Scottish cardinal who recused himself from conclave dies
LONDON (AP) — Cardinal Keith O’Brien, the first cardinal in history to recuse himself from a papal election over a personal scandal, has died, his archdiocese in Scotland said Monday. He was 80 and had suffered from a heart ailment.
O’Brien, once Britain’s highest-ranking Catholic leader, resigned in disgrace as the archbishop of St. Andrews and Edinburgh in 2013 and recused himself from the conclave that elected Francis as pope after unidentified priests alleged in British newspaper reports that he acted inappropriately toward them.
The men said they had complained to church authorities about O’Brien’s conduct but that the church had failed to respond. None of the men are believed to have been minors at the time of the purported misconduct.
After initially denying the allegations and impeding the investigation, O’Brien eventually admitted that his sexual conduct had “fallen below the standards expected” of a priest, archbishop and cardinal. He apologized and promised to play no further role in the public life of the Scottish church.
“To those I have offended, I apologize and ask forgiveness. To the Catholic Church and people of Scotland, I also apologize,” he said.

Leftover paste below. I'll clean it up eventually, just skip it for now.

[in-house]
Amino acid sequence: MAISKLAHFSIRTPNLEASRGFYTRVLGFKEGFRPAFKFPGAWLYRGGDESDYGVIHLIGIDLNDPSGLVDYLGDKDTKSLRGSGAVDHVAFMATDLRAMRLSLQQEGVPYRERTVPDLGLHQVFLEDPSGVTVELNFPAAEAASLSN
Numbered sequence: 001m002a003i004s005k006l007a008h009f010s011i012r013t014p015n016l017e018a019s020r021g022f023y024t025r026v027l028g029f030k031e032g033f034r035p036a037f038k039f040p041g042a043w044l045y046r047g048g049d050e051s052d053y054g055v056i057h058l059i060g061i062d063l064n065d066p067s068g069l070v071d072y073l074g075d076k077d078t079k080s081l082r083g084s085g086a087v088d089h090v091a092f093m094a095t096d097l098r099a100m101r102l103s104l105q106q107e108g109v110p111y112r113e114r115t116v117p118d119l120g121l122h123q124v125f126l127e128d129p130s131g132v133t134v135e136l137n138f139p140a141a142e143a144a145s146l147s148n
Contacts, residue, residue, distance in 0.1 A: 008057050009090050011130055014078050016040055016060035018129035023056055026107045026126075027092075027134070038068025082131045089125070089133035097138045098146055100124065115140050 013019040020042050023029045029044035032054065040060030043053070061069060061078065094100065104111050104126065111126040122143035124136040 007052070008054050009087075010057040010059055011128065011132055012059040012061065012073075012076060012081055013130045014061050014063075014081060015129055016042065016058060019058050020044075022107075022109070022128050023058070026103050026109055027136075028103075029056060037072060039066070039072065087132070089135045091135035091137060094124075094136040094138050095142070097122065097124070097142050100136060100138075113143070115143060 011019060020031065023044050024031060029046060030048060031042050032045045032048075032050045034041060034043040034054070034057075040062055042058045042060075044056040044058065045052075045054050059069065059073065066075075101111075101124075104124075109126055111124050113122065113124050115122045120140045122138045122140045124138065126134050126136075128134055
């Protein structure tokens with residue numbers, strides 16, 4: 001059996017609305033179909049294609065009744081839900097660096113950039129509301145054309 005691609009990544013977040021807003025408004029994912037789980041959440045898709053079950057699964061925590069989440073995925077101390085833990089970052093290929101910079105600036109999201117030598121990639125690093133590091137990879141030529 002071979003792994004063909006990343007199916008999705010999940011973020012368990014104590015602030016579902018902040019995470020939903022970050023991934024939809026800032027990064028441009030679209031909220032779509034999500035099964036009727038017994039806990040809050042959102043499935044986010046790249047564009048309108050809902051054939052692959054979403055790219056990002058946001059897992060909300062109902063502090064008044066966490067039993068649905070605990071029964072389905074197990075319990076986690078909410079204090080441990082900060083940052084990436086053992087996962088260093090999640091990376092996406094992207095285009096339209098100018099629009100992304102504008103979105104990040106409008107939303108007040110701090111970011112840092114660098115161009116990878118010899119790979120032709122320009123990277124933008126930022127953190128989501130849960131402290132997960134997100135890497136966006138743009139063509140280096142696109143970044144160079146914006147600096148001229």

In 2015, Francis accepted O’Brien’s resignation after he relinquished the rights and privileges of being a cardinal. He was allowed to retain the title, however. The decision was reached after O’Brien met with Francis, and after the Vatican sent its top sex crimes investigator to Scotland to look into the allegations against him.
A year earlier, Scottish church officials had reported that O’Brien had objected to a national church audit into how church officials had handled sex abuse cases in the Scottish church from 1952-2012. Without O’Brien’s participation, the analysis never got off the ground.
O’Brien’s official Vatican biography made no mention of the sex scandal, the Vatican investigation or the findings that he had impeded the 2012 sex abuse audit. After providing information about his education, ordination and honors, the brief biography said only that he didn’t participate in the 2013 conclave, left Scotland for period of prayer, and resigned being a cardinal in 2015, without saying why.
Experts said his decision not to attend the 2013 papal conclave was unprecedented; never before had a cardinal stayed away from a conclave because of personal scandal, according to Vatican historian Ambrogio Piazzoni.
“In life, Cardinal O’Brien may have divided opinion — in death, however, I think all can be united in praying for the repose of his soul, for comfort for his grieving family and that support and solace be given to those whom he offended, hurt and let down. May he rest in peace,” said Leo Cushley, Archbishop of St Andrews & Edinburgh.
Winfield reported from Rome.